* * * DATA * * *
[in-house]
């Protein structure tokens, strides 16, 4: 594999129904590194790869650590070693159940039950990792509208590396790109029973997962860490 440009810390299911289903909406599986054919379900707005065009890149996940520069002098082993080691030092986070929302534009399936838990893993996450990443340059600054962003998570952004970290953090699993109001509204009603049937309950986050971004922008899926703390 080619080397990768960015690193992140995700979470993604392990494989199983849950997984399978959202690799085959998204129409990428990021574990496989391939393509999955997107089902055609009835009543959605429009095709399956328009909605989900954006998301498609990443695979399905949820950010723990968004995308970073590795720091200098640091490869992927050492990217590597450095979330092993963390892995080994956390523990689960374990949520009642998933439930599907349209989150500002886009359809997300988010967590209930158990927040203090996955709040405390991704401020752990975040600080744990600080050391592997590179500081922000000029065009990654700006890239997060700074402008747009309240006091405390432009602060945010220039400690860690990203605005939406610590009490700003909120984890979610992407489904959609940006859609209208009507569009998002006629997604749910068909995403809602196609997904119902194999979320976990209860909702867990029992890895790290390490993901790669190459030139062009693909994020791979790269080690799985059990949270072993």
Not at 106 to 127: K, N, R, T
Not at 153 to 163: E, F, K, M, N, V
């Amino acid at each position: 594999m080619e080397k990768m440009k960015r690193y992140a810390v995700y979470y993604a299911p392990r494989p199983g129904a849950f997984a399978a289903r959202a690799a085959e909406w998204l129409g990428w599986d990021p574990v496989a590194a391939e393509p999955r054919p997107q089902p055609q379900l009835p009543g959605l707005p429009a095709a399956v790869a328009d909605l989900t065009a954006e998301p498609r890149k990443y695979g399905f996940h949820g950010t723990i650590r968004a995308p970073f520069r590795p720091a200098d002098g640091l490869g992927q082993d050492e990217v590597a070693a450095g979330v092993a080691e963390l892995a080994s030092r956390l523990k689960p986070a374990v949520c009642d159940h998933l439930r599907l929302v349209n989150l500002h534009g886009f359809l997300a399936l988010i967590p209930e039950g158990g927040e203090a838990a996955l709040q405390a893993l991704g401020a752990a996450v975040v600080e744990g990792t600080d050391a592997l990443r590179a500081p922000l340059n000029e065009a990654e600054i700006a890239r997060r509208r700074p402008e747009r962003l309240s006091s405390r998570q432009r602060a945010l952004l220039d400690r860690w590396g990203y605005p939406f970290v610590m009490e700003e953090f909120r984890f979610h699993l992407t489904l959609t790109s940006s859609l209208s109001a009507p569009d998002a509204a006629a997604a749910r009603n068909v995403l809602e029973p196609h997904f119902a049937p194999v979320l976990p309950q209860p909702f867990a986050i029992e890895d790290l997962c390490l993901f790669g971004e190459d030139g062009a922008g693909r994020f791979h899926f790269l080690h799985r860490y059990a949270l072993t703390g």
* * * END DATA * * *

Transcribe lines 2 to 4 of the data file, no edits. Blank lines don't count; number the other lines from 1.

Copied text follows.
């Protein structure tokens, strides 16, 4: 594999129904590194790869650590070693159940039950990792509208590396790109029973997962860490 440009810390299911289903909406599986054919379900707005065009890149996940520069002098082993080691030092986070929302534009399936838990893993996450990443340059600054962003998570952004970290953090699993109001509204009603049937309950986050971004922008899926703390 080619080397990768960015690193992140995700979470993604392990494989199983849950997984399978959202690799085959998204129409990428990021574990496989391939393509999955997107089902055609009835009543959605429009095709399956328009909605989900954006998301498609990443695979399905949820950010723990968004995308970073590795720091200098640091490869992927050492990217590597450095979330092993963390892995080994956390523990689960374990949520009642998933439930599907349209989150500002886009359809997300988010967590209930158990927040203090996955709040405390991704401020752990975040600080744990600080050391592997590179500081922000000029065009990654700006890239997060700074402008747009309240006091405390432009602060945010220039400690860690990203605005939406610590009490700003909120984890979610992407489904959609940006859609209208009507569009998002006629997604749910068909995403809602196609997904119902194999979320976990209860909702867990029992890895790290390490993901790669190459030139062009693909994020791979790269080690799985059990949270072993």
Not at 106 to 127: K, N, R, T
Not at 153 to 163: E, F, K, M, N, V